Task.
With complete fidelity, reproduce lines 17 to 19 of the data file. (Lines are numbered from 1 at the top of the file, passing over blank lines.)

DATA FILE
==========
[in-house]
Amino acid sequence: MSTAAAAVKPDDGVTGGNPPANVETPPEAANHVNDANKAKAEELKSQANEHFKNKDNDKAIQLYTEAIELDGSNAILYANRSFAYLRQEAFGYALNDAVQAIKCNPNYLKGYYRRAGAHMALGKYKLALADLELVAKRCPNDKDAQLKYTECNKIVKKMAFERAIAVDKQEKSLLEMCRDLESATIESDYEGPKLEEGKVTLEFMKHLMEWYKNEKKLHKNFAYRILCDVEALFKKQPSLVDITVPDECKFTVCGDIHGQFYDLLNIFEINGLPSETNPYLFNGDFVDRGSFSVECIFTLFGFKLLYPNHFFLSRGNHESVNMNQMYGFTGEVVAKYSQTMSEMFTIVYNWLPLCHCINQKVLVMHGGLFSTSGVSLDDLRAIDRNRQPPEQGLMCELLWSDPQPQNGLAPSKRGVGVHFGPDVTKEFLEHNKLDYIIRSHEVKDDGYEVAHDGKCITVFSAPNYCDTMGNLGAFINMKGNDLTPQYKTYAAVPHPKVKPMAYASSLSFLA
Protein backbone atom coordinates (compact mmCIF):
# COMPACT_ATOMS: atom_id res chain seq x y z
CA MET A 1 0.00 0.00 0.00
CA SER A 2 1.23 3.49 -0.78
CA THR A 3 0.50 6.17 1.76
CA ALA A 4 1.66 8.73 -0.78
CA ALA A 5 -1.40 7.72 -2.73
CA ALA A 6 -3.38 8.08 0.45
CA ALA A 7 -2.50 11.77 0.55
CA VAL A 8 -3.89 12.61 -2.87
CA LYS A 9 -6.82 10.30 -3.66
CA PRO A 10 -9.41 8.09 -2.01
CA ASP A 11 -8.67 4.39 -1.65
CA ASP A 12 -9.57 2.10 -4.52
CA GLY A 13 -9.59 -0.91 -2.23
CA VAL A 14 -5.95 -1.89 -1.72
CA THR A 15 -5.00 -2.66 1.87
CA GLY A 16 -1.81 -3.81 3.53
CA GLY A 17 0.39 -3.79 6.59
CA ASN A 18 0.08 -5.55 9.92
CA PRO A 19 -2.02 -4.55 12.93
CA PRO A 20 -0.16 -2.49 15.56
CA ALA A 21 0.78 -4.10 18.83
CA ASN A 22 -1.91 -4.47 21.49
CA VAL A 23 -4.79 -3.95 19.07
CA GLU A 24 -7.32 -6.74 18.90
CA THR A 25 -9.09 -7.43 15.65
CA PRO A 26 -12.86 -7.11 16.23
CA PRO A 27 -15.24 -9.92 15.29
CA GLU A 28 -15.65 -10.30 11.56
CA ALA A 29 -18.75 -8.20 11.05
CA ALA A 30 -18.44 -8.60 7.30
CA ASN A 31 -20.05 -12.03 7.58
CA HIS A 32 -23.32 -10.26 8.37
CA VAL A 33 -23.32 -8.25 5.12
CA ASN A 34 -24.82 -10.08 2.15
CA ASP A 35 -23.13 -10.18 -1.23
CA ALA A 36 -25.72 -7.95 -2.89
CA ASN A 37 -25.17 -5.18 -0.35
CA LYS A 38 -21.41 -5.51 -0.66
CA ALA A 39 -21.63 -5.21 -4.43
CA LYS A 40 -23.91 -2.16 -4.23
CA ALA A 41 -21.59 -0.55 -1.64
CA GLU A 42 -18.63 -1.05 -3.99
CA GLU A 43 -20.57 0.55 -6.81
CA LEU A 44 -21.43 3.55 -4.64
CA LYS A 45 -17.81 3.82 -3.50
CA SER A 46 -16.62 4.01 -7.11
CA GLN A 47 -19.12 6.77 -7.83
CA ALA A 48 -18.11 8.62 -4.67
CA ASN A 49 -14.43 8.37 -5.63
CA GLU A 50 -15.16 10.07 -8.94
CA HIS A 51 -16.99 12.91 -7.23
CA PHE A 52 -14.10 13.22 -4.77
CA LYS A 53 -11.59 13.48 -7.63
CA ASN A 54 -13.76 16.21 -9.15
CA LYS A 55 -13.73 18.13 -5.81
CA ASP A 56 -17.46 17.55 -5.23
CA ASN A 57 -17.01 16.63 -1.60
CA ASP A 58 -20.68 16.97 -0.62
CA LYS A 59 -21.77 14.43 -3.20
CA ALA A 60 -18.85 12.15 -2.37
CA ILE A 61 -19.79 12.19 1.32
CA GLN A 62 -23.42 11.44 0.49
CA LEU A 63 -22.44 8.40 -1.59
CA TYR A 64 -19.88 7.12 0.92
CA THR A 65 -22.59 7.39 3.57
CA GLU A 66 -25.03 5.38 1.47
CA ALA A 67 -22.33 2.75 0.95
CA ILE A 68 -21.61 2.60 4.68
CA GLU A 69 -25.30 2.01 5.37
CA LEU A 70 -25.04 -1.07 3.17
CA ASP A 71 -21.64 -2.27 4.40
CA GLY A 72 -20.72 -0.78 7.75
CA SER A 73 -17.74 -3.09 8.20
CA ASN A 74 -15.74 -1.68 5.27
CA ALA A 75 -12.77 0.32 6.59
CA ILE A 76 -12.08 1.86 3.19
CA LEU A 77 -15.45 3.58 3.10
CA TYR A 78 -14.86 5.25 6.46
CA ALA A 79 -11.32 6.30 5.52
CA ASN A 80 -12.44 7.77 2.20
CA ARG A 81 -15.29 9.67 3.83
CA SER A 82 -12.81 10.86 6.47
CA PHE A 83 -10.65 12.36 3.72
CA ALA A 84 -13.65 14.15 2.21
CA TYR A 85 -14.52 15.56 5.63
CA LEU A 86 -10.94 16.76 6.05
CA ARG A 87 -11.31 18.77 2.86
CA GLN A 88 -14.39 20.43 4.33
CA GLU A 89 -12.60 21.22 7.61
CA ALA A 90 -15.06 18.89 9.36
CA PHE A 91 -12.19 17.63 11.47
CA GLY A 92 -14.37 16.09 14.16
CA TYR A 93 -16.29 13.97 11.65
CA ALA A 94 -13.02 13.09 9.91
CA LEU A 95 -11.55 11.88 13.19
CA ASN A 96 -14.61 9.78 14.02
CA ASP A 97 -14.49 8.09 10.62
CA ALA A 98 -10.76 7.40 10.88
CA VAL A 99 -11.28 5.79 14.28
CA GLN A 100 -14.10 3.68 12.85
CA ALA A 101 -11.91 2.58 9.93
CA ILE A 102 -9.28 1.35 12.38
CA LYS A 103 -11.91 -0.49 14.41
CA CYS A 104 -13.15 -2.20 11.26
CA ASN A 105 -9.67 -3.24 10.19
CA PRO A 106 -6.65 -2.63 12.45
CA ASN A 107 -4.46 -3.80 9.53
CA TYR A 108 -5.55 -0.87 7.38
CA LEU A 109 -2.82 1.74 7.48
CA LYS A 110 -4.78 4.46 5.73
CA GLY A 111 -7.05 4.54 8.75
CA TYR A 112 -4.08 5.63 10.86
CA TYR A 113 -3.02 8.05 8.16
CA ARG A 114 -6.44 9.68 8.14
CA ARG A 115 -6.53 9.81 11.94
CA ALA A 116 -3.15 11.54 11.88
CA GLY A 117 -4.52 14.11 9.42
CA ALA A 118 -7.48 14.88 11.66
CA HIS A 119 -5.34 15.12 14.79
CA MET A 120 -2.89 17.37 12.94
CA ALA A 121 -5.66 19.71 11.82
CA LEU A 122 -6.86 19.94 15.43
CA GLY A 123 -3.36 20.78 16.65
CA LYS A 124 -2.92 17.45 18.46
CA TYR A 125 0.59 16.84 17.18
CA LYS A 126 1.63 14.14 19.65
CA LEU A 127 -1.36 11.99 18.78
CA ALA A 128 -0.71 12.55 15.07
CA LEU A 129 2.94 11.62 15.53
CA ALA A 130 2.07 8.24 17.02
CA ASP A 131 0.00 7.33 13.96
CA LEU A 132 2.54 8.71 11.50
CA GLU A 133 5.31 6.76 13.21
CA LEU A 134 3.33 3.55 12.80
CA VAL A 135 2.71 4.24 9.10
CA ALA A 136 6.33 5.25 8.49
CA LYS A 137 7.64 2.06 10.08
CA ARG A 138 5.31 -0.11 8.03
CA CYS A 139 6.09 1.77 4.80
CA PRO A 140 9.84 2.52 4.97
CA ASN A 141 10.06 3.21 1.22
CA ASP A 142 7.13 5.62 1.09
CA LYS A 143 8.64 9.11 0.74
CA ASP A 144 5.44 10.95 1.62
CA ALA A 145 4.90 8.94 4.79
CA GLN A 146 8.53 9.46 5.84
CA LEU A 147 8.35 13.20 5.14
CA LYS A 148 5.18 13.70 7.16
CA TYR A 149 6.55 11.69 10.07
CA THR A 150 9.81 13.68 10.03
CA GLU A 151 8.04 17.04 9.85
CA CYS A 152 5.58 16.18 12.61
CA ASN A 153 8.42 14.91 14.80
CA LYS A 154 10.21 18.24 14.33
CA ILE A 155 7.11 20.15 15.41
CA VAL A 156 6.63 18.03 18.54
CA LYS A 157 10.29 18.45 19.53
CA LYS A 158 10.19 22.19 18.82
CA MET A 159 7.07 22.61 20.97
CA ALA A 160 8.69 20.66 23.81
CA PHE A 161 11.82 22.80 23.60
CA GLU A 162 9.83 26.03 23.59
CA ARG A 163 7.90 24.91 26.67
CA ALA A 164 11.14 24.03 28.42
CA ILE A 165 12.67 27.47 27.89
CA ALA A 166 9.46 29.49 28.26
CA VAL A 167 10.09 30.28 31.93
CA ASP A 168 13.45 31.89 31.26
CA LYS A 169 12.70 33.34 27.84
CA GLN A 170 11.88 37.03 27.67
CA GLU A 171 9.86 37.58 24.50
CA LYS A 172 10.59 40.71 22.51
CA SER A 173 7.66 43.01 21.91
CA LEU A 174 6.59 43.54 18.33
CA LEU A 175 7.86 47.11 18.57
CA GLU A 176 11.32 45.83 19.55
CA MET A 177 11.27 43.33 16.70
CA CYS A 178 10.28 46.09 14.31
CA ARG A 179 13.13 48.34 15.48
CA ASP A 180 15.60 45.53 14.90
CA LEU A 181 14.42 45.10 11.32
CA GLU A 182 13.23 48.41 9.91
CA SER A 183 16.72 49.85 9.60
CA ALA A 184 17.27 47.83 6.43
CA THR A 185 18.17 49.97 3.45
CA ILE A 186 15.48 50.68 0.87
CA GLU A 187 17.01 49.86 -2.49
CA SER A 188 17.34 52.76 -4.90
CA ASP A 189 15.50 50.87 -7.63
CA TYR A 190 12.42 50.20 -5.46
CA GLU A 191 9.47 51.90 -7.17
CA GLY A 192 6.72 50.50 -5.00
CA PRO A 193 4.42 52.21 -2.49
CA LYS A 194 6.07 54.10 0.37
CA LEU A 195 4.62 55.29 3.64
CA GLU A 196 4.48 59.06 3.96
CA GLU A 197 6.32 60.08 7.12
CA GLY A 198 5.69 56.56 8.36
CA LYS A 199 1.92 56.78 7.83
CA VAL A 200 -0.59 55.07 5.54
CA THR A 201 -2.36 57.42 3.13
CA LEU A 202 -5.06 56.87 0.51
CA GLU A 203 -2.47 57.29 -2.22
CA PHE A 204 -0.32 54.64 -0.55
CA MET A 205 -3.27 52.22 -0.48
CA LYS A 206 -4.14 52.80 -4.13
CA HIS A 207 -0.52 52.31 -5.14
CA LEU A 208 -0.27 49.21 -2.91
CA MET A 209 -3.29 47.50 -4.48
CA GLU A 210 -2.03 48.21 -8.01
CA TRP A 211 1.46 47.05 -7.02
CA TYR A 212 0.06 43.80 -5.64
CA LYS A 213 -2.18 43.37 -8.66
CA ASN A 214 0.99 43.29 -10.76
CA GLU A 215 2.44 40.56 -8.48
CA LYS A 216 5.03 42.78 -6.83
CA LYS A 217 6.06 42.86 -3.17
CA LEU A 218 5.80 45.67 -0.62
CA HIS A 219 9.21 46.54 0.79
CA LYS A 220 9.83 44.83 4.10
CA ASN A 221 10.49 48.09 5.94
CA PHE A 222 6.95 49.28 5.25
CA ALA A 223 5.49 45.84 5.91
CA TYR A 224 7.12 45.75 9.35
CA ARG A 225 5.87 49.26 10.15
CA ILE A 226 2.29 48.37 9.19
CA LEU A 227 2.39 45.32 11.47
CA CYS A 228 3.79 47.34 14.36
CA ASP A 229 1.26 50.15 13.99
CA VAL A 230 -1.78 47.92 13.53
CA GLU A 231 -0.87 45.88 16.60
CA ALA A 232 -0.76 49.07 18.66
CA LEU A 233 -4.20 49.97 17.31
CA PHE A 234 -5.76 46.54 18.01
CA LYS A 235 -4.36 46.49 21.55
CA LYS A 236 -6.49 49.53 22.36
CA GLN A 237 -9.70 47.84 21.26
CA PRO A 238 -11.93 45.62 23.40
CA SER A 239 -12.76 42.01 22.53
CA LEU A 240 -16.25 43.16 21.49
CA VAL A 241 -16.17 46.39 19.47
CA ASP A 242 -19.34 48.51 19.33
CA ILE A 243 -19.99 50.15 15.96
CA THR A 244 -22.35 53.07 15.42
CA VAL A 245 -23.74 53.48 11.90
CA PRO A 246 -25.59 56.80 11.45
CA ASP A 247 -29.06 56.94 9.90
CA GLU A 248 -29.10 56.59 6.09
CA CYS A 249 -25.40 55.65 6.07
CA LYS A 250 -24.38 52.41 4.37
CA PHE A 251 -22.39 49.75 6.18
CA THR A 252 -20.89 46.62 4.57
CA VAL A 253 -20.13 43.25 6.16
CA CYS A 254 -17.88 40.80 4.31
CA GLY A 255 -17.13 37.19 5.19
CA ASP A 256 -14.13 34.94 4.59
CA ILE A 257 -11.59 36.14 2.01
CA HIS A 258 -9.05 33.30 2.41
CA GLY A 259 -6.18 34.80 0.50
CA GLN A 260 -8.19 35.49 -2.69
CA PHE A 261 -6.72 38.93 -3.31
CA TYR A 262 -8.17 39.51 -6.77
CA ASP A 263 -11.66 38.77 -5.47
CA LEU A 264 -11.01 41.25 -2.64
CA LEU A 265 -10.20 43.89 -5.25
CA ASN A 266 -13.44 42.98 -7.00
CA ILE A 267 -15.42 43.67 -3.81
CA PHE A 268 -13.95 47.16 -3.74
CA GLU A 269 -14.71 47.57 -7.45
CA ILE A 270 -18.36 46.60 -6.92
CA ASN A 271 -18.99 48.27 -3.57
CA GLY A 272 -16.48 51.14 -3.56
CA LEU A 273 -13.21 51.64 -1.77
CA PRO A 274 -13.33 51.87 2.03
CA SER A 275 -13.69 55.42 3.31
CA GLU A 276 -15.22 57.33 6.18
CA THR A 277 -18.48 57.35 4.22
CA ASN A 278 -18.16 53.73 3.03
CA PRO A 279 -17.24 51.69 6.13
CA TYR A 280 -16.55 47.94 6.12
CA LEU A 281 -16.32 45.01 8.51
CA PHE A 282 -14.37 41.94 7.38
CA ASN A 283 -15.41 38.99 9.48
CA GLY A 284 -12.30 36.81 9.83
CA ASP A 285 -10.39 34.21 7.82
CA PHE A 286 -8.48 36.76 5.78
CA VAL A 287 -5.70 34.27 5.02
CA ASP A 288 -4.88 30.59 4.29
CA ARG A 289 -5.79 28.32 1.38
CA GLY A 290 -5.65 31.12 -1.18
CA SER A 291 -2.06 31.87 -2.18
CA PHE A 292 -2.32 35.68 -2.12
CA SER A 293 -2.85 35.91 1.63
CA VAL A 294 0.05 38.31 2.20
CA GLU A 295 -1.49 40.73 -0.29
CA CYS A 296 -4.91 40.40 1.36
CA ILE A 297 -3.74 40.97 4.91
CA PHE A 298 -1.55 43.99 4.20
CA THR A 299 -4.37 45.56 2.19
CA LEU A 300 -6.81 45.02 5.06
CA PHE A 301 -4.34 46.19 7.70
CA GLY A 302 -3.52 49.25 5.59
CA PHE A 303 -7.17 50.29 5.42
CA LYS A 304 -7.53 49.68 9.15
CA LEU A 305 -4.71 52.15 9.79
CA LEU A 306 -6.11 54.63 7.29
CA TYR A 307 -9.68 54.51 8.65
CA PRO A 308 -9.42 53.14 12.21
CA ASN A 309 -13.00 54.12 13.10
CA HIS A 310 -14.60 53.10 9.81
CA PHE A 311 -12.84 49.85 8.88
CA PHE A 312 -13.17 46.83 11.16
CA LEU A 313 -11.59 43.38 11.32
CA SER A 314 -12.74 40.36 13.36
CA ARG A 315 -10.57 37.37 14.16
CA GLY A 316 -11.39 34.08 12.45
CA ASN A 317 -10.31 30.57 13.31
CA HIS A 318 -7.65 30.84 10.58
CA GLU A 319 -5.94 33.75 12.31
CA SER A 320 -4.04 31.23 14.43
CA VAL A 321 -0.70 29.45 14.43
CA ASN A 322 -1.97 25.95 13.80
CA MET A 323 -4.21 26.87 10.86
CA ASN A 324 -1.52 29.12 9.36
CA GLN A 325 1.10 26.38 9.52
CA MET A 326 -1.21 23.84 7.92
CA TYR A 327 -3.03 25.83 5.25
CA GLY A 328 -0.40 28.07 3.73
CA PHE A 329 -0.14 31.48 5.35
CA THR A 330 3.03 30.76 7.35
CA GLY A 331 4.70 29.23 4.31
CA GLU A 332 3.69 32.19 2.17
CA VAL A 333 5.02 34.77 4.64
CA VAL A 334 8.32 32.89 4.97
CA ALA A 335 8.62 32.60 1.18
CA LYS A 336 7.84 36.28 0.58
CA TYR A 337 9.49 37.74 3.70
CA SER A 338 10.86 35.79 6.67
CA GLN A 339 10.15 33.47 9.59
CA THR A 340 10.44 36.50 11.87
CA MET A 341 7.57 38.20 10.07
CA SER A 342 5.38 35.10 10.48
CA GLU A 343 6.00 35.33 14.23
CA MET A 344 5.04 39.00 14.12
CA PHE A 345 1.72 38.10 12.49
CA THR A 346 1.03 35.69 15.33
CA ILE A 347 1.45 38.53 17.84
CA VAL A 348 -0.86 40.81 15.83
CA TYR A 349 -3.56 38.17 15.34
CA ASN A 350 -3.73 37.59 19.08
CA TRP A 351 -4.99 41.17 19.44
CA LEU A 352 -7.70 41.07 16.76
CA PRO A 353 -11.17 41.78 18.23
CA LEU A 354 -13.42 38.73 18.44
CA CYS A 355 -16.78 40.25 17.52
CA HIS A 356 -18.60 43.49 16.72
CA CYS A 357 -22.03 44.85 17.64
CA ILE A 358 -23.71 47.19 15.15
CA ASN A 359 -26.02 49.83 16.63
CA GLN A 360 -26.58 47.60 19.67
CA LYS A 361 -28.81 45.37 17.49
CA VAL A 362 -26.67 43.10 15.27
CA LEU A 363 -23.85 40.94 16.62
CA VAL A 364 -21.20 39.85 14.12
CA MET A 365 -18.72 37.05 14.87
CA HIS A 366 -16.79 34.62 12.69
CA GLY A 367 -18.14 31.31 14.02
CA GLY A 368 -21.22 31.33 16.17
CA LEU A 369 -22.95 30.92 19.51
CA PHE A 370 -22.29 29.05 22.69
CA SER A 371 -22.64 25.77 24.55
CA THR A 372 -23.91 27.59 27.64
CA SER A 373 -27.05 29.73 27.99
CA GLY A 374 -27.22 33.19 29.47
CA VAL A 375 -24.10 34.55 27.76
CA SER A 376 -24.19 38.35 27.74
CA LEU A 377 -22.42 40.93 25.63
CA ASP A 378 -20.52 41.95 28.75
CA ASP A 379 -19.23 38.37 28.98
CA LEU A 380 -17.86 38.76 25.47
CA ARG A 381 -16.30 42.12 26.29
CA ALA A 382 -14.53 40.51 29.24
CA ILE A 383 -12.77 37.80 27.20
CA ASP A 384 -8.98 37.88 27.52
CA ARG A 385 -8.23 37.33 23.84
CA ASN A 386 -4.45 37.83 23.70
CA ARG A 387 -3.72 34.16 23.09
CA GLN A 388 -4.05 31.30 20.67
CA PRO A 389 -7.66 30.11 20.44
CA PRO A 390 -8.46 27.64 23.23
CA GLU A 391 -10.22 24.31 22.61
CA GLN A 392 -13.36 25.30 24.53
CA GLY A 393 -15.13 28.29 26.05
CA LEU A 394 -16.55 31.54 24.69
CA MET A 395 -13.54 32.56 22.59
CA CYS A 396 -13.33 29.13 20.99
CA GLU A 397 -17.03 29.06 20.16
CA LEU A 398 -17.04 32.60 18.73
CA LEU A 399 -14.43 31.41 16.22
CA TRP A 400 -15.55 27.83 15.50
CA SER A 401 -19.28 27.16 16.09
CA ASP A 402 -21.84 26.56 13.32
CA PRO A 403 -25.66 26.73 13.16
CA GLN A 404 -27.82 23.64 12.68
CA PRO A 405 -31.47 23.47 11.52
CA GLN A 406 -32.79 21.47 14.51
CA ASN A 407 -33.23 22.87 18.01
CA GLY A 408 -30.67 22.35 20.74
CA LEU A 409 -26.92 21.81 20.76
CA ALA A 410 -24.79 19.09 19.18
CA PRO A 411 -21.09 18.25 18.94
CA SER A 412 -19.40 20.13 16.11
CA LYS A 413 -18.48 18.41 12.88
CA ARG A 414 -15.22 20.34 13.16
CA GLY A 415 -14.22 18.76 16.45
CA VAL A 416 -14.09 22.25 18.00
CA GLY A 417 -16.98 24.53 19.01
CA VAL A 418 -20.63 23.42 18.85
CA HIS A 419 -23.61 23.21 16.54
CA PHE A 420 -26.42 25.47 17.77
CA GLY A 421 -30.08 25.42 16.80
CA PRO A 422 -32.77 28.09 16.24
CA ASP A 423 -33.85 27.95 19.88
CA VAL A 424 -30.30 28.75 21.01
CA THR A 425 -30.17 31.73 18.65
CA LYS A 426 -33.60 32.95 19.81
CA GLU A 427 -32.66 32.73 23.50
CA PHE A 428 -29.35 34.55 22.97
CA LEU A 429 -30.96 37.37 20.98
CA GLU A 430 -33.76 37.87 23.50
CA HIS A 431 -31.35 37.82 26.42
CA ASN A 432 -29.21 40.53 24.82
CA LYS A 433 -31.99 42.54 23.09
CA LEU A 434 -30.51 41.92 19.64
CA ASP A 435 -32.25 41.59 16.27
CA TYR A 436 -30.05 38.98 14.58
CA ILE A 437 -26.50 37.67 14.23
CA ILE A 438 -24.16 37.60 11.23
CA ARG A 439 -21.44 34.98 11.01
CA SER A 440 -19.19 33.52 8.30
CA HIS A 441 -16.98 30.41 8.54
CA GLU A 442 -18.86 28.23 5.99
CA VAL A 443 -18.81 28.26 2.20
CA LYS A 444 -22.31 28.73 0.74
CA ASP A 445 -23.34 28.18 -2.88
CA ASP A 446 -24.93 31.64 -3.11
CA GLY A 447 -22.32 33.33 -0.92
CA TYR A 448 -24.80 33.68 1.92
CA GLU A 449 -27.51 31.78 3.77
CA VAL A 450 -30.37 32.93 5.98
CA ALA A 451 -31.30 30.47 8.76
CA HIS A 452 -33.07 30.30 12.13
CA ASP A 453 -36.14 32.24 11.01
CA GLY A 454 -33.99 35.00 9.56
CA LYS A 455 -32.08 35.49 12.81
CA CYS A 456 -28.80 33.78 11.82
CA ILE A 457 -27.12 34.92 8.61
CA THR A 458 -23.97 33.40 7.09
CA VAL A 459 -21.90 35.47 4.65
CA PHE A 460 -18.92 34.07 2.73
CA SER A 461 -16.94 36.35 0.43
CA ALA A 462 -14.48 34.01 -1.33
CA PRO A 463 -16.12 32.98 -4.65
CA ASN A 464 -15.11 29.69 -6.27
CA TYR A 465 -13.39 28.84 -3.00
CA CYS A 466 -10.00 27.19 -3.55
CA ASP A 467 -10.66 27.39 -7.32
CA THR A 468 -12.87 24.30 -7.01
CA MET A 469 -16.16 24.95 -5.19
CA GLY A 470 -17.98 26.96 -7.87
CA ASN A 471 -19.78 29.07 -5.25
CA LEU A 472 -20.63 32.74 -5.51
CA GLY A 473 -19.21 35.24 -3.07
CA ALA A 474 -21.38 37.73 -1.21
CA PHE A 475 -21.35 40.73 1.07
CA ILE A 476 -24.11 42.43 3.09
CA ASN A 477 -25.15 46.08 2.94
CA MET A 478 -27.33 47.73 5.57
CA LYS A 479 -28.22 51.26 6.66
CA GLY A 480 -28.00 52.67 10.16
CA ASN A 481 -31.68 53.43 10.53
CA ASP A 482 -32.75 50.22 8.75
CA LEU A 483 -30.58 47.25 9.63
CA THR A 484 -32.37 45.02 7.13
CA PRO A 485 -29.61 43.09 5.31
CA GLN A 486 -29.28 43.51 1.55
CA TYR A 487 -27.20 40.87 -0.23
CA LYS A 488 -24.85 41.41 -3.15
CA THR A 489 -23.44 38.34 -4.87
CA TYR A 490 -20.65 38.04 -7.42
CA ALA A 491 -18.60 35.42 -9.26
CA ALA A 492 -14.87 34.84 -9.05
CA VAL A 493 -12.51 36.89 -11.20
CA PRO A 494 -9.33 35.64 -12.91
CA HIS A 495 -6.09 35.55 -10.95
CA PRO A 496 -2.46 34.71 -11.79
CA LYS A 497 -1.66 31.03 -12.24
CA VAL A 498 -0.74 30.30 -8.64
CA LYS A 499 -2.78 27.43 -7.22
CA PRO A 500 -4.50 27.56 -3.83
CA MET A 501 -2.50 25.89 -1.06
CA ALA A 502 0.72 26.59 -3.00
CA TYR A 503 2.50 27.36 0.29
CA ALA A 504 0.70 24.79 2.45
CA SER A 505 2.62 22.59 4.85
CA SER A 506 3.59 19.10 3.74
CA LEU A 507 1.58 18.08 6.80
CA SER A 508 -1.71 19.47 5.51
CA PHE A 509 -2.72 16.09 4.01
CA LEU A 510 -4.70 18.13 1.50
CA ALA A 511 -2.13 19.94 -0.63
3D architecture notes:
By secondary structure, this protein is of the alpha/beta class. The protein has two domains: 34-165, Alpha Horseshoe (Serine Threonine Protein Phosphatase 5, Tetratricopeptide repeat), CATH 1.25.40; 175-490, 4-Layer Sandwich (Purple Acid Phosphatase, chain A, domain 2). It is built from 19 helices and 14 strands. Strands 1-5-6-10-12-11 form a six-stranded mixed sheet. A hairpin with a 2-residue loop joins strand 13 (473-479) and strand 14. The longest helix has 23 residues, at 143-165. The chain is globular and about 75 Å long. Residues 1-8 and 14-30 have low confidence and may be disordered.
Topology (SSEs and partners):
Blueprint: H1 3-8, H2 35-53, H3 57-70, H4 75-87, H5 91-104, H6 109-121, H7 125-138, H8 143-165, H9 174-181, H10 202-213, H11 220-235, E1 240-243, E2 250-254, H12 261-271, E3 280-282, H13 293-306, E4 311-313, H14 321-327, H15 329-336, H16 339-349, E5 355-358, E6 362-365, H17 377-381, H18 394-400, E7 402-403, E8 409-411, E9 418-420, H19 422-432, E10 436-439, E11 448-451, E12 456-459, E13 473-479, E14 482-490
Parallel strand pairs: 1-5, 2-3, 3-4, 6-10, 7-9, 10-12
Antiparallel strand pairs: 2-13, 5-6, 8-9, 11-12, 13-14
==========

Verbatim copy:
CA GLY A 13 -9.59 -0.91 -2.23
CA VAL A 14 -5.95 -1.89 -1.72
CA THR A 15 -5.00 -2.66 1.87